|8/2/2016 7:37:00 AM|
Sunday Mass and mortal sin
Q — I am in my late 70s with an undergraduate degree from a Catholic university and graduate degree from a state university. I have been involved in catechetics much of my adult life, and my question is this: Is it a mortal sin to miss Mass on a Sunday?
|Deacon Owen Cummings|
A — The best way to approach this sensitive question, obviously from a lifelong committed Catholic, is not in the first place by looking at the Sunday Eucharist from the point of view of sin. It certainly is true that in order to underscore the importance of participation in the Sunday Eucharist the church has warned about the gravity of “missing Mass.” But that’s a negative way of coming at this important issue. There is so much more to the weekly celebration of the Eucharist than a grave obligation.
First, let’s make a few comments about mortal sin. That is church language for highlighting the importance of avoiding moral issues that are sheerly destructive of our life in Christ. There are three criteria that must be present: first, the issue at stake must be a serious issue in itself; second, I must have an awareness of its seriousness beyond reasonable doubt; third, I must really consent to perform that action. These three criteria are important. They help us to recognize that while there are many areas of serious wrongdoing in human life, not all of them may be considered as “mortal sin.” In order for that to be the case, I must wish to sever my living relationship with Christ — that’s what the three criteria stand for.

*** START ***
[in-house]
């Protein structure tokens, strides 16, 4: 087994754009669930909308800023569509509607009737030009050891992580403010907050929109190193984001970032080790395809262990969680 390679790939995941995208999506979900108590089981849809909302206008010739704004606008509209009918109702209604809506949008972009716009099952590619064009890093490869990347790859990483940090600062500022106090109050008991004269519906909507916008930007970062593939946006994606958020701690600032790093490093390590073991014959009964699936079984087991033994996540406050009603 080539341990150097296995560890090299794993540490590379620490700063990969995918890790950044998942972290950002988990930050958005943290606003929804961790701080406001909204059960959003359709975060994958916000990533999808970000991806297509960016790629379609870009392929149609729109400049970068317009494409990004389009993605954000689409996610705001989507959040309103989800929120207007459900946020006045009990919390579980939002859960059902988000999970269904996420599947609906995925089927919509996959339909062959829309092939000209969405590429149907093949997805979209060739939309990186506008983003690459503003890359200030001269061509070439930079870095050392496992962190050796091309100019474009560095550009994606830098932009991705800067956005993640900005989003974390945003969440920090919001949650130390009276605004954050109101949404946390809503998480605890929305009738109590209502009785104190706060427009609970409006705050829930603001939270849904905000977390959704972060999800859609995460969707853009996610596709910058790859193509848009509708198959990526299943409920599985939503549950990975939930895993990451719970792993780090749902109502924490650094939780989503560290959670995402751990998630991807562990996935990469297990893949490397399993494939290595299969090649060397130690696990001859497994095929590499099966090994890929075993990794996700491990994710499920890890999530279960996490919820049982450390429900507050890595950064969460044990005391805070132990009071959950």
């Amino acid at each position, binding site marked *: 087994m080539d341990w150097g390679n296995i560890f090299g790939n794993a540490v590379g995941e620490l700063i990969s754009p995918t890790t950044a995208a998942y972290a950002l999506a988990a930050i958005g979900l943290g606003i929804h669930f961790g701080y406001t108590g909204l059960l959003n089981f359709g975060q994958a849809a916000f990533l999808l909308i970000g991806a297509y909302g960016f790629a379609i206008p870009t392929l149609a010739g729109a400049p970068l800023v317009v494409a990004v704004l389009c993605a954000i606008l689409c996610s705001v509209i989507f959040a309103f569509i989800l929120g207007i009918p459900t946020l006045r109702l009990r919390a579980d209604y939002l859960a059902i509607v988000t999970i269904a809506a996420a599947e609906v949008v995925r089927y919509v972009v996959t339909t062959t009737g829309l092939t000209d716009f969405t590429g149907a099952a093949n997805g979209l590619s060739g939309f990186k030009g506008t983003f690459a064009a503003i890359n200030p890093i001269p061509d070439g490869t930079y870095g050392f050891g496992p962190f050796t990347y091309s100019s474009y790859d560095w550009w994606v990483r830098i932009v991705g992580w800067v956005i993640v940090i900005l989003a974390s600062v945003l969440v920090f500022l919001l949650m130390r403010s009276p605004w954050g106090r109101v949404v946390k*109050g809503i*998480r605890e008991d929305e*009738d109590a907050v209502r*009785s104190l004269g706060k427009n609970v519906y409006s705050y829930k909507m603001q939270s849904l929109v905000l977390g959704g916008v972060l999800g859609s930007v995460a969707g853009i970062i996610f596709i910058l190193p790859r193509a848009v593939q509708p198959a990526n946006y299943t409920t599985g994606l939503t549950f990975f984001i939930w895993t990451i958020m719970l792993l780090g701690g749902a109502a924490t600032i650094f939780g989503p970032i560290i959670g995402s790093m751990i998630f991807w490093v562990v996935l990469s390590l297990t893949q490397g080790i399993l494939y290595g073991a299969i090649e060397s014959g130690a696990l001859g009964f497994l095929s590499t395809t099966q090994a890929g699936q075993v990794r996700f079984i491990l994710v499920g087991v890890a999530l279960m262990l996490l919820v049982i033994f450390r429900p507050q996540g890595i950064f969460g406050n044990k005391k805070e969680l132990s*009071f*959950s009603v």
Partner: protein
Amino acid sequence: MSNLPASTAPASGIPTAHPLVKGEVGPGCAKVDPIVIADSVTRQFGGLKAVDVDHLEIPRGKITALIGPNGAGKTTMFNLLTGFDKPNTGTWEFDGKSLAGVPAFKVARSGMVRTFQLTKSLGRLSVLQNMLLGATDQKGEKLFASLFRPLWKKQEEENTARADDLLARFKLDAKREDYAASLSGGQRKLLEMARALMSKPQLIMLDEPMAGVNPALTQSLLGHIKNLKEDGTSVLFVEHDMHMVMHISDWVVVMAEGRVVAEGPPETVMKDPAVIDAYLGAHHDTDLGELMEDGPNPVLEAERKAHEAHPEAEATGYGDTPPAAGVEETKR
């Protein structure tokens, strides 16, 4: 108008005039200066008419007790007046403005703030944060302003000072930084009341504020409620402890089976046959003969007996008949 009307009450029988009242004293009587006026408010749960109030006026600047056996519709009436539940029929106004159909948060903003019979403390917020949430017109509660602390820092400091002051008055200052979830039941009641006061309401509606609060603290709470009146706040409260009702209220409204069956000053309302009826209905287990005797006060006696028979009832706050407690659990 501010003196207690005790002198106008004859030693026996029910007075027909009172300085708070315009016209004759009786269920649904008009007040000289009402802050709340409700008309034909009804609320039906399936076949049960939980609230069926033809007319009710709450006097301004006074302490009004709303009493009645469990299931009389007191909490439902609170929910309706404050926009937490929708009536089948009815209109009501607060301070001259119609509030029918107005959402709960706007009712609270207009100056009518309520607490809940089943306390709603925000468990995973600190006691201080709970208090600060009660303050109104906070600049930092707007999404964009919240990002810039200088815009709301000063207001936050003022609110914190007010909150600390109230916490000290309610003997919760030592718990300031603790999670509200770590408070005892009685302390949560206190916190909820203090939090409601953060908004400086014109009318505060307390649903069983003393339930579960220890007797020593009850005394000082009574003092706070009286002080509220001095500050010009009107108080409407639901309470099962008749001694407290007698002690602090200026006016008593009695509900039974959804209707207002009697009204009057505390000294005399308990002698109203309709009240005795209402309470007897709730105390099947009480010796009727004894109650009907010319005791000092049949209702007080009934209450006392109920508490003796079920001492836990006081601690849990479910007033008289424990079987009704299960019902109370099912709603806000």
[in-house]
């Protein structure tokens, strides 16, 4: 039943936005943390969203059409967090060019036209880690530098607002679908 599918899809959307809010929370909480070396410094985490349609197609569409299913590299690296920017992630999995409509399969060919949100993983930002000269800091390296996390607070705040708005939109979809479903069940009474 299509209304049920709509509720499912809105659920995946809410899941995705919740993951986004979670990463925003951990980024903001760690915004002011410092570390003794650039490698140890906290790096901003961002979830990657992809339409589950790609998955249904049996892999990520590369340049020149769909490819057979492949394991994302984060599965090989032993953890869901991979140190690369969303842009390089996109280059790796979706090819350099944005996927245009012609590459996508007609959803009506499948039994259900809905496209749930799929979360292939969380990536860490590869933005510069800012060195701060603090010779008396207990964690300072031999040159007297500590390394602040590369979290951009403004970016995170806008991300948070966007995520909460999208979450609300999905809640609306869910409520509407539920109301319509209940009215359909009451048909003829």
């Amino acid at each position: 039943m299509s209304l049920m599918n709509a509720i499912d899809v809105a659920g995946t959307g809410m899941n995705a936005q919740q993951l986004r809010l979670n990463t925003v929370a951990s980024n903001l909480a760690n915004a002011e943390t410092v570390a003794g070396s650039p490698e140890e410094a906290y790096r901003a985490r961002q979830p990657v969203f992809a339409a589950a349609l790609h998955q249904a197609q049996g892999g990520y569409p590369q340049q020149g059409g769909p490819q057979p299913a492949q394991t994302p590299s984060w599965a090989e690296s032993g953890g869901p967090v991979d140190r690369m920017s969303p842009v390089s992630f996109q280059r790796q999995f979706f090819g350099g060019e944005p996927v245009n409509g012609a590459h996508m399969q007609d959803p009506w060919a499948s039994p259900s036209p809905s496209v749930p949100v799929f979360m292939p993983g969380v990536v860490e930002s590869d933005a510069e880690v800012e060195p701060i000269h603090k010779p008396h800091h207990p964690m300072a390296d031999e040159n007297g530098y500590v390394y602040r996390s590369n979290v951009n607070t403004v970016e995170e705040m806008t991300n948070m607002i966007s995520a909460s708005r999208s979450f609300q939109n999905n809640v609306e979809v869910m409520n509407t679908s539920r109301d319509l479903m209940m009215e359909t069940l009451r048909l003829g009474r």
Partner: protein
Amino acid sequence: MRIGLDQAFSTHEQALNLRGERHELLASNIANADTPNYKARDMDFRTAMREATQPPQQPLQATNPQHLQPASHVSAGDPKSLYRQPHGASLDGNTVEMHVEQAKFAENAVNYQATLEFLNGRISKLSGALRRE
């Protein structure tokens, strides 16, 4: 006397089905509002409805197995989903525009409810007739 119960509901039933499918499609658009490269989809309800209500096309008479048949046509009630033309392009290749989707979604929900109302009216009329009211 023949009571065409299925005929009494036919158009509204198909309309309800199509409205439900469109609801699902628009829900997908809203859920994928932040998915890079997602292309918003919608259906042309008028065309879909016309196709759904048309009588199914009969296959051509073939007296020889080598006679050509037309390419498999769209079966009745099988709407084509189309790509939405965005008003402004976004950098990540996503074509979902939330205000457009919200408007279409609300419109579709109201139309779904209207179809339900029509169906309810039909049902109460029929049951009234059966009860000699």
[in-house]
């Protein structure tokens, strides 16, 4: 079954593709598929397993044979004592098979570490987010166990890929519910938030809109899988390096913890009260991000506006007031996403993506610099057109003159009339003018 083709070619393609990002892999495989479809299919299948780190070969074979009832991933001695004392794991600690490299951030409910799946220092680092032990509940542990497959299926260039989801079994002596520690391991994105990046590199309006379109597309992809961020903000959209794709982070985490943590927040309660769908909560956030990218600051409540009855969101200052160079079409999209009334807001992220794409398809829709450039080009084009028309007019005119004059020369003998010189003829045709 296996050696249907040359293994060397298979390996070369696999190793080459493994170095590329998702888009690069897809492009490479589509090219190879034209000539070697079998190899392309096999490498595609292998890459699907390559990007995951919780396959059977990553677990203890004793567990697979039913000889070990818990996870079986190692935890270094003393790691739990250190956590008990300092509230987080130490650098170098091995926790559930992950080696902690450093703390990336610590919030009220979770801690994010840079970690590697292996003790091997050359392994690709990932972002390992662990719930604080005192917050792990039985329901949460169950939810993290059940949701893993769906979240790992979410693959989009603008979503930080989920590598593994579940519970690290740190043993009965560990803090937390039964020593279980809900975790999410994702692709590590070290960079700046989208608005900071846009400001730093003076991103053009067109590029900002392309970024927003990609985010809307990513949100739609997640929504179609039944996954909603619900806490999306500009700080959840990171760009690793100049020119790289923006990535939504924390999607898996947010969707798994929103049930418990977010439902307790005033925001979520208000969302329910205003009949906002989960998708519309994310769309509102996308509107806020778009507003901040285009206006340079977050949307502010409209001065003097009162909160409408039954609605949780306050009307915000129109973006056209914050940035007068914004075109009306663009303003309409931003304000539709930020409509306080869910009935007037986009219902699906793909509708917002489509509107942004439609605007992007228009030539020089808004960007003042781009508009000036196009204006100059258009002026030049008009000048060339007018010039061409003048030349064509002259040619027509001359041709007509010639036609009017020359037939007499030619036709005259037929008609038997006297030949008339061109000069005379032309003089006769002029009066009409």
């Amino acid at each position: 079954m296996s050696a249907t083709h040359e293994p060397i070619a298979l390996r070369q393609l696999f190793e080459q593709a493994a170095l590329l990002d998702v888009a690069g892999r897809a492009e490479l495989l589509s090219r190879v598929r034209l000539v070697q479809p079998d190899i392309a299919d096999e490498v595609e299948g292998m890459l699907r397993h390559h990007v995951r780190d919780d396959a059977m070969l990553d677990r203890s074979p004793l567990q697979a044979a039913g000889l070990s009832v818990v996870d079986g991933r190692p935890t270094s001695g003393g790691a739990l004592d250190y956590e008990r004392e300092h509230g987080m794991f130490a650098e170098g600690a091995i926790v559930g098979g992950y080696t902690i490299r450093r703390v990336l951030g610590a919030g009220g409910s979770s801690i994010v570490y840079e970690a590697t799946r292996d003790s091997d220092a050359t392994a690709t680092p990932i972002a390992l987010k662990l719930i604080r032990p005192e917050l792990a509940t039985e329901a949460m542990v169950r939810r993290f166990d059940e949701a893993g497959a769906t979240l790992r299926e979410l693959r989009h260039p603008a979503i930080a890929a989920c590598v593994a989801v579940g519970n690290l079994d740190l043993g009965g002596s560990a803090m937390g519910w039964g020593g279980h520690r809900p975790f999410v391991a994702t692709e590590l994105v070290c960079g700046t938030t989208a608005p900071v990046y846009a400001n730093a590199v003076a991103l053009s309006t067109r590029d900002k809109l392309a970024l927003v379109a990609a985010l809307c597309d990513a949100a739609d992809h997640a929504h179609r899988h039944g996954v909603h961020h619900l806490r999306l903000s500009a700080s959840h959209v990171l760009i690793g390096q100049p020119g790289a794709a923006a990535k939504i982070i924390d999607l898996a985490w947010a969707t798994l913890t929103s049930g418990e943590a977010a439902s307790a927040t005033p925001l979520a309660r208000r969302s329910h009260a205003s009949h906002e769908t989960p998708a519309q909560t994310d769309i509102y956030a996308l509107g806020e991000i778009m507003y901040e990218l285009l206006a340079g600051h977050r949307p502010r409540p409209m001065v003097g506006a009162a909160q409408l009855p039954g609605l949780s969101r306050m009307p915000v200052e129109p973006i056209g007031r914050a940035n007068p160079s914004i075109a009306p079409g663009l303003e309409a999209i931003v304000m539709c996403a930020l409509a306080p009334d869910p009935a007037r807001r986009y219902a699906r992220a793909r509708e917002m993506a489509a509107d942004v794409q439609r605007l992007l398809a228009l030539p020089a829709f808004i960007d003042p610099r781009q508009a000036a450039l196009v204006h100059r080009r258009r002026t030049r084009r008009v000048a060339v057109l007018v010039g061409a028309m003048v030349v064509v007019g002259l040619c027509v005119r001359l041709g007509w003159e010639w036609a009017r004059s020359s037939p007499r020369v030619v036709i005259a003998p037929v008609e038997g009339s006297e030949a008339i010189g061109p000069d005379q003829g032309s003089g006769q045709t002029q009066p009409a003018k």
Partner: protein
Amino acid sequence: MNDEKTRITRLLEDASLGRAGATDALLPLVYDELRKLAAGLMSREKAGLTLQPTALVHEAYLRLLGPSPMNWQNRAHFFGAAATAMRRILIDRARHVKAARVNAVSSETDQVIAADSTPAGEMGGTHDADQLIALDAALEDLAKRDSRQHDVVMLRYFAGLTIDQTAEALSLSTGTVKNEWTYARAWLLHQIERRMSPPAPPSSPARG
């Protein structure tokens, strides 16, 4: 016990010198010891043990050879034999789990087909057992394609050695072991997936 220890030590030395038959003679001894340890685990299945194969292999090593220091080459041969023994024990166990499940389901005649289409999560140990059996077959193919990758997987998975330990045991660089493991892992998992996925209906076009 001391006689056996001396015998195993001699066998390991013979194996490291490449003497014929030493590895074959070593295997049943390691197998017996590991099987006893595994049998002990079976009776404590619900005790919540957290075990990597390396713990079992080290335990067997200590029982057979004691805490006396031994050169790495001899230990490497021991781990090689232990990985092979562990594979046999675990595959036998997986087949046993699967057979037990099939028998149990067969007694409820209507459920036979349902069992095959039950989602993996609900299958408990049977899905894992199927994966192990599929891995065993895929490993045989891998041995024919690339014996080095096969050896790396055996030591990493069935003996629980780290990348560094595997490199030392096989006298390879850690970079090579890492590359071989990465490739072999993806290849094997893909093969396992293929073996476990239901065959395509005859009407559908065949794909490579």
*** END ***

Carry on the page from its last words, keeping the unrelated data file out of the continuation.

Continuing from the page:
Now let’s move on to the to the Sunday Eucharist. Through baptism, confirmation and Eucharist we are embodied in Christ. We become Christ’s living body on earth, the church. In order to provide the living witness of the church into which we have been situated, we need to be nourished by Word and Sacrament, by the Liturgy of the Word and Liturgy of the Eucharist. This is the sacrament without which we cannot live as Christ’s holy body. It is our life, our nourishment. Therefore, participation in the Sunday Eucharist becomes a necessity of living as Christ’s holy body. We want to be there. We need to be there.
If it should happen for a good reason — ill health, no transportation, or other compelling circumstances of our lives — that we are unable to be present, that is regrettable not just for us but for the entire Christian community which misses our active presence. But it is not a sin. We just need to get back on track, on our eucharistic track.
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